Barrett indicates that Foucault’s concept of discourse was closely connected with his concept of truth, knowledge and power. Foucault’s concept of power as outlined by Barrett does not locate it in agencies—e. g. State, economic forces, or individuals—but sees it in terms of ‘micro’ operations of power. Barrett (1991:135) points out that Foucault’s concept of power was ‘developed as a critique of Marxism’s theory of power as an instrument of class dominance’. Foucault saw power as something that is exercised rather than possessed, i. e. power is not attached to agents and interests but is incorporated in numerous practices. As Barrett (1991:136) notes, ‘the object of analysis changes in Foucault, from power as an absolute, to power in terms of power relations’.
Foucault’s disagreements with Marxism were profound. He rejected the realist epistemology on which the ideology/science distinction had been founded: he also rejected the notion of the subject which Marxism assumed (both individual agent and class subject). Barrett (1991:138) argues that ‘one would say that Foucault is working outside the Marxist problematic of determinism, rather than seeking to retrieve a polymorphous model of causality within it’. As Barrett (1991:139) notes, the materialist premises of Marxism are inadequate as a basis for thinking about political, cultural and social life in late twentieth-century society ‘whose determinations are so different from those of mid-nineteenth century manufacturing capitalism’.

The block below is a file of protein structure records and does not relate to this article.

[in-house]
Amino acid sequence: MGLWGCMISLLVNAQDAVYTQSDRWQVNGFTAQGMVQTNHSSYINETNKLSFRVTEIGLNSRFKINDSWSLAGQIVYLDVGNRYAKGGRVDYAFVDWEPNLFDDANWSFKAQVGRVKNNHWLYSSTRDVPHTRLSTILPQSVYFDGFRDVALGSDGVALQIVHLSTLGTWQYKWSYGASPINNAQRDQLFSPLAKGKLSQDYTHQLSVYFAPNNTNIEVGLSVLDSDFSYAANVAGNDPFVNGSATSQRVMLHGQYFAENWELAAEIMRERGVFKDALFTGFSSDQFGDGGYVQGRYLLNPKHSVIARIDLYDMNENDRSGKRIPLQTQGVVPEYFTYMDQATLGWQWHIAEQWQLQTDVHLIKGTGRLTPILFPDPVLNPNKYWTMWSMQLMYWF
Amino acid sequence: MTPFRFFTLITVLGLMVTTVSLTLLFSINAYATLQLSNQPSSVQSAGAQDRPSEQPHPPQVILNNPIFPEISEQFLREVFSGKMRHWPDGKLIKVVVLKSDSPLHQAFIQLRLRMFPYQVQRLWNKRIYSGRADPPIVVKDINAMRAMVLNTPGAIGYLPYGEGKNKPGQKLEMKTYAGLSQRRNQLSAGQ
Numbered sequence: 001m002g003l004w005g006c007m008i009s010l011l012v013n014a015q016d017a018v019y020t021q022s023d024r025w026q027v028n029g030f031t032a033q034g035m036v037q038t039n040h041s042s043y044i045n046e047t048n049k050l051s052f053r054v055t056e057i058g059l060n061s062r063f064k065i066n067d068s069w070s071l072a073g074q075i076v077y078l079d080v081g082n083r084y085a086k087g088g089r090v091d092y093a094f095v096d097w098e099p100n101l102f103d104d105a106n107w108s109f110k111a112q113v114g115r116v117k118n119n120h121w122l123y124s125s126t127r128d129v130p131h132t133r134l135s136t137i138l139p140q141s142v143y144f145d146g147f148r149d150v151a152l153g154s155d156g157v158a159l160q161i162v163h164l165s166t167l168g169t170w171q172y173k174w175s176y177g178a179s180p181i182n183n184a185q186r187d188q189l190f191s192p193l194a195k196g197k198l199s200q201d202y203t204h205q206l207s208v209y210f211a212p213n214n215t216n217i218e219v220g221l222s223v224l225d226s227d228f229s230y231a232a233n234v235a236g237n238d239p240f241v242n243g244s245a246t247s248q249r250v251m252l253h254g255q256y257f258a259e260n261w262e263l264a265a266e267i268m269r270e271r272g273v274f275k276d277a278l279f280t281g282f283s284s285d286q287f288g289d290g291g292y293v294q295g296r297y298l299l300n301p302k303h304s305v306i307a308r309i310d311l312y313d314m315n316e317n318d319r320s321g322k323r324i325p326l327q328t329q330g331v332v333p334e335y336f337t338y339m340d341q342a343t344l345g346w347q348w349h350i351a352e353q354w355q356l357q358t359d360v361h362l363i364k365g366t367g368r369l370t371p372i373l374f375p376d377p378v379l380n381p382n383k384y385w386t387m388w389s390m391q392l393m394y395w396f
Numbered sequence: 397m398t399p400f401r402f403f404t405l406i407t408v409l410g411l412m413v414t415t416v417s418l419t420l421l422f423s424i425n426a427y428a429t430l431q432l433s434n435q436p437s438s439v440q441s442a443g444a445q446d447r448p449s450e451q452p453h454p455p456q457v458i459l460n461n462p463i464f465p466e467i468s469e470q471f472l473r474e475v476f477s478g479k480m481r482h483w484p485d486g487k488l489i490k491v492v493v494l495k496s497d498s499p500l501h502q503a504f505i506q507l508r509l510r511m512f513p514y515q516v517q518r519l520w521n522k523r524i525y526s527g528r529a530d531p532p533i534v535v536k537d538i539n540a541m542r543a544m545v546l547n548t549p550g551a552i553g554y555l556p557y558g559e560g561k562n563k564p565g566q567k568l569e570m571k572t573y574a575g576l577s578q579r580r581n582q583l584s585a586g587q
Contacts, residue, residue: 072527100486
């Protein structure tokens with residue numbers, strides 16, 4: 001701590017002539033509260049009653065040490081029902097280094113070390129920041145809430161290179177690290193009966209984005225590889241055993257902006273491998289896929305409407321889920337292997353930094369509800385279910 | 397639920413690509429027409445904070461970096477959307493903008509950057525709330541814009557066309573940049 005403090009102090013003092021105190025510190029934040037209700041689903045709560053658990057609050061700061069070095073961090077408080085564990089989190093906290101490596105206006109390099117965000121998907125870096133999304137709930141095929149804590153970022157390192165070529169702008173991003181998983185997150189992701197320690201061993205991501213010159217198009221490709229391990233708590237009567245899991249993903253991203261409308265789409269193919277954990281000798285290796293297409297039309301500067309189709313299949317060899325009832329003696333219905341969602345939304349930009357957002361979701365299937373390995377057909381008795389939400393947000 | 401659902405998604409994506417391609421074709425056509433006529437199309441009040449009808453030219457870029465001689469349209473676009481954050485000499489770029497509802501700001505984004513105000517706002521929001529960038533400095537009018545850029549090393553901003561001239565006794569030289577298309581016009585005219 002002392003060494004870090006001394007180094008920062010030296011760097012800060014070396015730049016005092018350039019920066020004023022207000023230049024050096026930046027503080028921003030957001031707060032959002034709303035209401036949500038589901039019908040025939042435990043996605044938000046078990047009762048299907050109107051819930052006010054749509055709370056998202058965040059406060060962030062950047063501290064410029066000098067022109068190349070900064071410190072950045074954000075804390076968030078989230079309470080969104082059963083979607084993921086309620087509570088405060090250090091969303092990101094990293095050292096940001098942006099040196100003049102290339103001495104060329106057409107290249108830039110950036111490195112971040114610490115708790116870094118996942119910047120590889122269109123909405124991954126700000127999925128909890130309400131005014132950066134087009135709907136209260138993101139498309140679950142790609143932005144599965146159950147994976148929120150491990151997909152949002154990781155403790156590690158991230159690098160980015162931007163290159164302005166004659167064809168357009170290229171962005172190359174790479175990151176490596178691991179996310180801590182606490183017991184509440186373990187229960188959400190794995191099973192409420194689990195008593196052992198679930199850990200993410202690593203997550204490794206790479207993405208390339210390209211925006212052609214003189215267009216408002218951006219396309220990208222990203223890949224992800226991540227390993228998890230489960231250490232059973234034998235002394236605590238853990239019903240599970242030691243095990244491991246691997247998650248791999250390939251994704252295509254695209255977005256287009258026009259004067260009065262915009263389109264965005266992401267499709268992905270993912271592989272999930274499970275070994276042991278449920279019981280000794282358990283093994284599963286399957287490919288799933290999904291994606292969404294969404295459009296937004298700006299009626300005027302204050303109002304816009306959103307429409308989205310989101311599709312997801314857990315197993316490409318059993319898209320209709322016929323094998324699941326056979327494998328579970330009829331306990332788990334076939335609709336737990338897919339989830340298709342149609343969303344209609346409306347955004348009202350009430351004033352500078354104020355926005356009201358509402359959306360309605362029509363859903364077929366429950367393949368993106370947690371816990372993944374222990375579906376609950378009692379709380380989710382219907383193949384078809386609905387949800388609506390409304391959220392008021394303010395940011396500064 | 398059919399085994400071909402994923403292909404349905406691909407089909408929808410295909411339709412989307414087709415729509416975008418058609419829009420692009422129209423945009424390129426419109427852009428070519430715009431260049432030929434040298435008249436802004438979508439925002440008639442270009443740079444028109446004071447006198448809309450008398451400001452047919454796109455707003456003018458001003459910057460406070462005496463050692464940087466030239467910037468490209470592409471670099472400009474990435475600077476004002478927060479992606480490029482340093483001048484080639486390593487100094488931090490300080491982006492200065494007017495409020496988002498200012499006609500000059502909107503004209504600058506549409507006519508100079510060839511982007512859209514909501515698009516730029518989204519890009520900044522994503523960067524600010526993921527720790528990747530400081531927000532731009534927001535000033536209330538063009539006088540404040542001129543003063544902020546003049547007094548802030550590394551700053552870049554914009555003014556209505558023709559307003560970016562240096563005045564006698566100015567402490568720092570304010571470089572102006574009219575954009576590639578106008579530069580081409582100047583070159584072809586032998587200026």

Barrett draws on Barry Smart’s ‘The Politics of Truth and the Problem of Hegemony’ (1986) to extrapolate the relationship between power, ideology and Foucault. As Smart maintains,
Foucault by virtue of critical distance from the limitations of the Marxist problematic has been able to transform the terms of the debate from a preoccupation with the ambiguous concept of ‘ideology’ and its effects, to a consideration of the relations of ‘truth’ and power which are constitutive of hegemony.
In discussing Foucault on hegemony, Smart suggests that Foucault’s project was to show ‘the complex multiple processes from which the strategic constitution of forms of hegemony may emerge’ (1986:160).